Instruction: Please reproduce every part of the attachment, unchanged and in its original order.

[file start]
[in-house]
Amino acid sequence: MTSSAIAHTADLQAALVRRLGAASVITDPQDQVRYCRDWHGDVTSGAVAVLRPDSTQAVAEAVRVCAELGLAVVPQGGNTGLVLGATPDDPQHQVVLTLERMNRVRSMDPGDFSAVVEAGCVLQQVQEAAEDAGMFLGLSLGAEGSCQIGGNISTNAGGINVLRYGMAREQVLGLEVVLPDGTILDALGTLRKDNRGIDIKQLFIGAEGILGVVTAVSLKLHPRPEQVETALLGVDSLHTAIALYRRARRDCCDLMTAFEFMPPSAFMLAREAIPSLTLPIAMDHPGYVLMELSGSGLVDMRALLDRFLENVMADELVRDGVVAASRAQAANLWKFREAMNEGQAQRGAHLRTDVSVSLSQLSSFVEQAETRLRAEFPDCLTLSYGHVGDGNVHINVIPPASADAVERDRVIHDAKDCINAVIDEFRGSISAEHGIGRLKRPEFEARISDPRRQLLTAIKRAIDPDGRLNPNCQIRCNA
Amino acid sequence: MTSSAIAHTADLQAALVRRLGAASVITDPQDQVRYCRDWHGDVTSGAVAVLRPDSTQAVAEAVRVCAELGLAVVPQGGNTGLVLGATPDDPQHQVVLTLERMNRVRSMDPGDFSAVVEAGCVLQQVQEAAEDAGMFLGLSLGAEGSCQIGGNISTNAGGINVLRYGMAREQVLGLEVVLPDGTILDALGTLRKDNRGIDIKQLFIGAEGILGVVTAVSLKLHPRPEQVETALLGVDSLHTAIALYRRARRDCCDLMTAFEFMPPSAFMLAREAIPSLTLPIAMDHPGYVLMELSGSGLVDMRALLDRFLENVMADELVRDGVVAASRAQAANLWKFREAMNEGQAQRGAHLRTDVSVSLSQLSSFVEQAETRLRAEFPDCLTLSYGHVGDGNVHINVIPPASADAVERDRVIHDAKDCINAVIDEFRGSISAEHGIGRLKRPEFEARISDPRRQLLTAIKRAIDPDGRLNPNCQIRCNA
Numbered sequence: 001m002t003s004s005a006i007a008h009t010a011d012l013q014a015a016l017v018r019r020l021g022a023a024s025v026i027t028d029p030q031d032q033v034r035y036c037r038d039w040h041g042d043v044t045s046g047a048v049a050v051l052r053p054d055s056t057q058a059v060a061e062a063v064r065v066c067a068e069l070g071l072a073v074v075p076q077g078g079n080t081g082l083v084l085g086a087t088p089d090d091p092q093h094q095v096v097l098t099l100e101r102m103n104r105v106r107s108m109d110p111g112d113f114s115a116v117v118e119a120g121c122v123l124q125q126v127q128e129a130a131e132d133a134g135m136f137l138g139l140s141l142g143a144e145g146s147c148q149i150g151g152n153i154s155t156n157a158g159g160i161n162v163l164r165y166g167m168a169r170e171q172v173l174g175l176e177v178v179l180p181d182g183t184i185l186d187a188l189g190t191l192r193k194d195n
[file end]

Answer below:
[in-house]
Amino acid sequence: MTSSAIAHTADLQAALVRRLGAASVITDPQDQVRYCRDWHGDVTSGAVAVLRPDSTQAVAEAVRVCAELGLAVVPQGGNTGLVLGATPDDPQHQVVLTLERMNRVRSMDPGDFSAVVEAGCVLQQVQEAAEDAGMFLGLSLGAEGSCQIGGNISTNAGGINVLRYGMAREQVLGLEVVLPDGTILDALGTLRKDNRGIDIKQLFIGAEGILGVVTAVSLKLHPRPEQVETALLGVDSLHTAIALYRRARRDCCDLMTAFEFMPPSAFMLAREAIPSLTLPIAMDHPGYVLMELSGSGLVDMRALLDRFLENVMADELVRDGVVAASRAQAANLWKFREAMNEGQAQRGAHLRTDVSVSLSQLSSFVEQAETRLRAEFPDCLTLSYGHVGDGNVHINVIPPASADAVERDRVIHDAKDCINAVIDEFRGSISAEHGIGRLKRPEFEARISDPRRQLLTAIKRAIDPDGRLNPNCQIRCNA
Amino acid sequence: MTSSAIAHTADLQAALVRRLGAASVITDPQDQVRYCRDWHGDVTSGAVAVLRPDSTQAVAEAVRVCAELGLAVVPQGGNTGLVLGATPDDPQHQVVLTLERMNRVRSMDPGDFSAVVEAGCVLQQVQEAAEDAGMFLGLSLGAEGSCQIGGNISTNAGGINVLRYGMAREQVLGLEVVLPDGTILDALGTLRKDNRGIDIKQLFIGAEGILGVVTAVSLKLHPRPEQVETALLGVDSLHTAIALYRRARRDCCDLMTAFEFMPPSAFMLAREAIPSLTLPIAMDHPGYVLMELSGSGLVDMRALLDRFLENVMADELVRDGVVAASRAQAANLWKFREAMNEGQAQRGAHLRTDVSVSLSQLSSFVEQAETRLRAEFPDCLTLSYGHVGDGNVHINVIPPASADAVERDRVIHDAKDCINAVIDEFRGSISAEHGIGRLKRPEFEARISDPRRQLLTAIKRAIDPDGRLNPNCQIRCNA
Numbered sequence: 001m002t003s004s005a006i007a008h009t010a011d012l013q014a015a016l017v018r019r020l021g022a023a024s025v026i027t028d029p030q031d032q033v034r035y036c037r038d039w040h041g042d043v044t045s046g047a048v049a050v051l052r053p054d055s056t057q058a059v060a061e062a063v064r065v066c067a068e069l070g071l072a073v074v075p076q077g078g079n080t081g082l083v084l085g086a087t088p089d090d091p092q093h094q095v096v097l098t099l100e101r102m103n104r105v106r107s108m109d110p111g112d113f114s115a116v117v118e119a120g121c122v123l124q125q126v127q128e129a130a131e132d133a134g135m136f137l138g139l140s141l142g143a144e145g146s147c148q149i150g151g152n153i154s155t156n157a158g159g160i161n162v163l164r165y166g167m168a169r170e171q172v173l174g175l176e177v178v179l180p181d182g183t184i185l186d187a188l189g190t191l192r193k194d195n